While scientists around the world are still trying to figure out where the liquid water on Mars has gone, a group of researchers believe Martian rivers existed for more than a billion years. Right now researchers are trying to learn about the types of weather that kept driving those rivers, given that their understanding of the Martian climate is still not complete.
Researchers at the University of Chicago say they’ve found evidence of large Martian rivers. A study published in the journal Science Advances suggests that the river runoff was so intense that the rivers on Mars were much larger than the rivers on Earth today and existed in hundreds of locations.
That makes modeling the Martian climate much more challenging, according to lead author Edwin Kite, assistant professor of geophysical sciences at U of C. From orbit as the Curiosity rover landed on Mars, a NASA spacecraft took photos revealing hundreds of what scientists believe are dead riverbeds. In 2012, the rover sent back photos of rounded pebbles that were rounded, which scientists say was caused by being tumbled along in the bottom of a river for a long time.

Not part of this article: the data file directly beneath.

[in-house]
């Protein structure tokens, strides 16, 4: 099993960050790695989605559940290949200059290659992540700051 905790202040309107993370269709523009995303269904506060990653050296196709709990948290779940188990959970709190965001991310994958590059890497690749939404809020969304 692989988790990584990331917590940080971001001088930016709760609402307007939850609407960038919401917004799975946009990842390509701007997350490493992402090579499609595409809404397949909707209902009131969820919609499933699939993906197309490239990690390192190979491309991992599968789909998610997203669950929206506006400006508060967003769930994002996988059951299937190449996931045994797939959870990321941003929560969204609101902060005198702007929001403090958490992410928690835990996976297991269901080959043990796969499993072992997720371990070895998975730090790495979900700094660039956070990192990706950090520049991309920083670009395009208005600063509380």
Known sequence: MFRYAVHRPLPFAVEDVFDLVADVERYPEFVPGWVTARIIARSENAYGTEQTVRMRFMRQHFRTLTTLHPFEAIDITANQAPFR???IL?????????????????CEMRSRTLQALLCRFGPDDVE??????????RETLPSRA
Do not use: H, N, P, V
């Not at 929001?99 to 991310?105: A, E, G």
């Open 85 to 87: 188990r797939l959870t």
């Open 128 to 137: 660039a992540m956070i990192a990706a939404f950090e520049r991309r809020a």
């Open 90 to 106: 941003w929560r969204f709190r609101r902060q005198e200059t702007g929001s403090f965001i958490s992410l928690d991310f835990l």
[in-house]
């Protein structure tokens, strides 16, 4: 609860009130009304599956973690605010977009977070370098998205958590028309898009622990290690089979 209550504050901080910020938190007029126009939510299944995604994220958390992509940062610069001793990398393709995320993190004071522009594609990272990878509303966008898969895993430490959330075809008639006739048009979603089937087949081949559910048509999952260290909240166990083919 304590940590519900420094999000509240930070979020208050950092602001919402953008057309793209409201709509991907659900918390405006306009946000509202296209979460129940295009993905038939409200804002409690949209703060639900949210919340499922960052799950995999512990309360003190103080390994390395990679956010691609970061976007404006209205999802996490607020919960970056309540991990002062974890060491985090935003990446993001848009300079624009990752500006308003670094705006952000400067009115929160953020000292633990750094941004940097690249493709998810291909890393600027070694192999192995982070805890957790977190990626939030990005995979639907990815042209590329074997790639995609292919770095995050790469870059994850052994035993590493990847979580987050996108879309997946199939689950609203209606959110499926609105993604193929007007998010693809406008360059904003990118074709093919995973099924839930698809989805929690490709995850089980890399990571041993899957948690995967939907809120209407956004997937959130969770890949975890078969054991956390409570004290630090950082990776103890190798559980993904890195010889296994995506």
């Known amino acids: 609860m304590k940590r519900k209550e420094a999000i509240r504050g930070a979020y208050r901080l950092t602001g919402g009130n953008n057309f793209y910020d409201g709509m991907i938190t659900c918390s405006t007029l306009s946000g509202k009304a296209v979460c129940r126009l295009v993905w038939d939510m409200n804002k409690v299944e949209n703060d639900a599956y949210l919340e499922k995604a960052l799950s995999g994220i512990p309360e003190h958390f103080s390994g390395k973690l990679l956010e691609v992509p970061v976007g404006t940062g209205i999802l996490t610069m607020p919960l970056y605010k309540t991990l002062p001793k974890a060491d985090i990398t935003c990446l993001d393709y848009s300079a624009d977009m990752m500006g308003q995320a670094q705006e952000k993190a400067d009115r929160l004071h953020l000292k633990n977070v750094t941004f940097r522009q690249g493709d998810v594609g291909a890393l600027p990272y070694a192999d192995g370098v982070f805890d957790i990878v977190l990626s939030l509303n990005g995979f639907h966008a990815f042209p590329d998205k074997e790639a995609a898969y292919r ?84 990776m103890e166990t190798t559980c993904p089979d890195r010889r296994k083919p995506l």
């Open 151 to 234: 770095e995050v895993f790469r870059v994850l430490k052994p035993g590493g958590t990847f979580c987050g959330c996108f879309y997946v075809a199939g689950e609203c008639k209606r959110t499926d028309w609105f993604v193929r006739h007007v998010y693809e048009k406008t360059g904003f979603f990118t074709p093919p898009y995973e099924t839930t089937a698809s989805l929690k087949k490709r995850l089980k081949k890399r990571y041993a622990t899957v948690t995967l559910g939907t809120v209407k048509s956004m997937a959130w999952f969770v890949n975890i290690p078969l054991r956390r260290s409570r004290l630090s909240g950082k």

However, researchers are having difficulties determining how Mars could have held liquid water with the extremely thin atmosphere it has today. Even throughout history, the Red Planet has been receiving only a third of the sunlight Earth receives now. That amount of sunlight is not enough for Mars to sustain so much liquid water, scientists say.
“Indeed, even on ancient Mars, when it was wet enough for rivers some of the time, the rest of the data looks like Mars was extremely cold and dry most of the time,” Kite said in a statement.
To capture a better picture of precipitation on the Red Planet, Kite and his team analyzed photos and models from more than 200 Martian rivers which they believe existed on the planet over the last billion years. The riverbeds could offer answers about how water ran through them and affected the climate on Mars.
According to Kite, their study offers guidance for researchers who want to see how the Martian climate worked. Based on the size of the rivers, the researchers say the water was flowing continuously.
“You would expect them to wane gradually over time, but that’s not what we see,” Kite said. “The wettest day of the year is still very wet.”
He also suggested the Martian rivers caused the climate on the Red Planet to have some kind of a “on/off” switch, between the dry and wet cycles.
“Our work answers some existing questions but raises a new one. Which is wrong: the climate models, the atmosphere evolution models, or our basic understanding of inner solar system chronology?” he said.